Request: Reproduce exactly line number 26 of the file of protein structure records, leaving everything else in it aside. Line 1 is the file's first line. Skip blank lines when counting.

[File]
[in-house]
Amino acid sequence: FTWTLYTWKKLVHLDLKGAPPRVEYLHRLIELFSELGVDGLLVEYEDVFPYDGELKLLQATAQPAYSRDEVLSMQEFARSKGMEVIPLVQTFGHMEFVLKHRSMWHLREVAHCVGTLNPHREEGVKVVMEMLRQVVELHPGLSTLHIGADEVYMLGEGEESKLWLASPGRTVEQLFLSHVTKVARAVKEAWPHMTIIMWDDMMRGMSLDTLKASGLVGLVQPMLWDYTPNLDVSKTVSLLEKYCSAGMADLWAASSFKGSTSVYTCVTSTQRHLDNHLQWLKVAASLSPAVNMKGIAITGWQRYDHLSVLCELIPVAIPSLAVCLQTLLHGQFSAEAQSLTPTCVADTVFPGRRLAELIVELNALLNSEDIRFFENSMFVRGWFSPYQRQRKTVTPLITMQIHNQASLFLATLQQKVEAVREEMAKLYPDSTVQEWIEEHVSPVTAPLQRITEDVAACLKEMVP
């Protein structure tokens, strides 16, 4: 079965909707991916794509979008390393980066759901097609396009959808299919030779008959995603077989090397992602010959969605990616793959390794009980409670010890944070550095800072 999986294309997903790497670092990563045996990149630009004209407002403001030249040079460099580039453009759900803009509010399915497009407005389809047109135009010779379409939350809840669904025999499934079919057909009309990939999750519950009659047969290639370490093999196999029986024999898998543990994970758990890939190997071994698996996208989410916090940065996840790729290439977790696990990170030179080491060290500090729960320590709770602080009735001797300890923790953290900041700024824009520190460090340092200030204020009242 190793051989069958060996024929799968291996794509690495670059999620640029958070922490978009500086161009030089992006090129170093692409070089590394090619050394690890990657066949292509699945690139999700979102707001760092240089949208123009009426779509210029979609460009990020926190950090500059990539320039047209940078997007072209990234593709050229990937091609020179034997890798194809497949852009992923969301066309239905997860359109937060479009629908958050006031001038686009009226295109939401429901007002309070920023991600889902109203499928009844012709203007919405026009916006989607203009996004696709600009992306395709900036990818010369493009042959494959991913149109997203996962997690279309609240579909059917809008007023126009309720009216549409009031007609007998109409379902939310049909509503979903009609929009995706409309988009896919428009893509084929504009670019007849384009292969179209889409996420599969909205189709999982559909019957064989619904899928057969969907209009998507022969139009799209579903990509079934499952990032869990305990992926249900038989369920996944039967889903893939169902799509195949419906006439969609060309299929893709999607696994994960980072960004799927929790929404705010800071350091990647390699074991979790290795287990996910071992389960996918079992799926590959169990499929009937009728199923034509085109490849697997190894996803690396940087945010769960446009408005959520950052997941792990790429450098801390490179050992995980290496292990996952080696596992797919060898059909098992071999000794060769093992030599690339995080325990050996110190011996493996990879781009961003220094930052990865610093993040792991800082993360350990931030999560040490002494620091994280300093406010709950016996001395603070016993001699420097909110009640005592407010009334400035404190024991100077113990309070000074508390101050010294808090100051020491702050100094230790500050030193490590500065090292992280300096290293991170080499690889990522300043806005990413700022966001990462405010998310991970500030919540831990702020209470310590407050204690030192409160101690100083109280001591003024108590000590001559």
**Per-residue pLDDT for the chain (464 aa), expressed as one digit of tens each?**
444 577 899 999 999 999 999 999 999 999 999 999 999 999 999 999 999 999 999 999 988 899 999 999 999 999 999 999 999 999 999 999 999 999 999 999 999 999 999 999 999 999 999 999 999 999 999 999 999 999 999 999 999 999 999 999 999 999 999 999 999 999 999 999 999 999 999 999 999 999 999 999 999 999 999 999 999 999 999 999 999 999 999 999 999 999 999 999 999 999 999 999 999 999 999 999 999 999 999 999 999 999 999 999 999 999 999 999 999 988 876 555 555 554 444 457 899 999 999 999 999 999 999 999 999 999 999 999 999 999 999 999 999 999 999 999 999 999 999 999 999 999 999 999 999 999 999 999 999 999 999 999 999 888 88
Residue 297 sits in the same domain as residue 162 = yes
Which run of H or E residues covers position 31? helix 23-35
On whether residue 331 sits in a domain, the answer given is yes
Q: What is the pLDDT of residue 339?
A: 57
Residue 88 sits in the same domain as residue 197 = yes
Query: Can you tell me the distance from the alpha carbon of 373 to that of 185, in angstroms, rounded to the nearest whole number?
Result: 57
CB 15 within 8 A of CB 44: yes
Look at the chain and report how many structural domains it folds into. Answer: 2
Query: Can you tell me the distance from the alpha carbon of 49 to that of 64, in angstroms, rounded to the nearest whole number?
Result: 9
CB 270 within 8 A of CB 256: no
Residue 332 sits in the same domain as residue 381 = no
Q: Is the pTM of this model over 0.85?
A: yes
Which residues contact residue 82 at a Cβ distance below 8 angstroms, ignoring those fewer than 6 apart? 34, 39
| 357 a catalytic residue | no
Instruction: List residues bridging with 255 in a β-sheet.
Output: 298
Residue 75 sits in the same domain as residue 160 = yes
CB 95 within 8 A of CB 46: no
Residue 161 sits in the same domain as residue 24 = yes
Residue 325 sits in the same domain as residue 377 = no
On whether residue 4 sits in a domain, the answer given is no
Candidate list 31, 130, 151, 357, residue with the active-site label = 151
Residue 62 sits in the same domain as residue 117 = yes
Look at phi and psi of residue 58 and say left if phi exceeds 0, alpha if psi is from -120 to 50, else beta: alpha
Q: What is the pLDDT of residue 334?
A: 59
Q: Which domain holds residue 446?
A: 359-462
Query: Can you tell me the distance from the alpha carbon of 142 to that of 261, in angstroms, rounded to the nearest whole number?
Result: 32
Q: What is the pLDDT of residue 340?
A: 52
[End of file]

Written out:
Residue 75 sits in the same domain as residue 160 = yes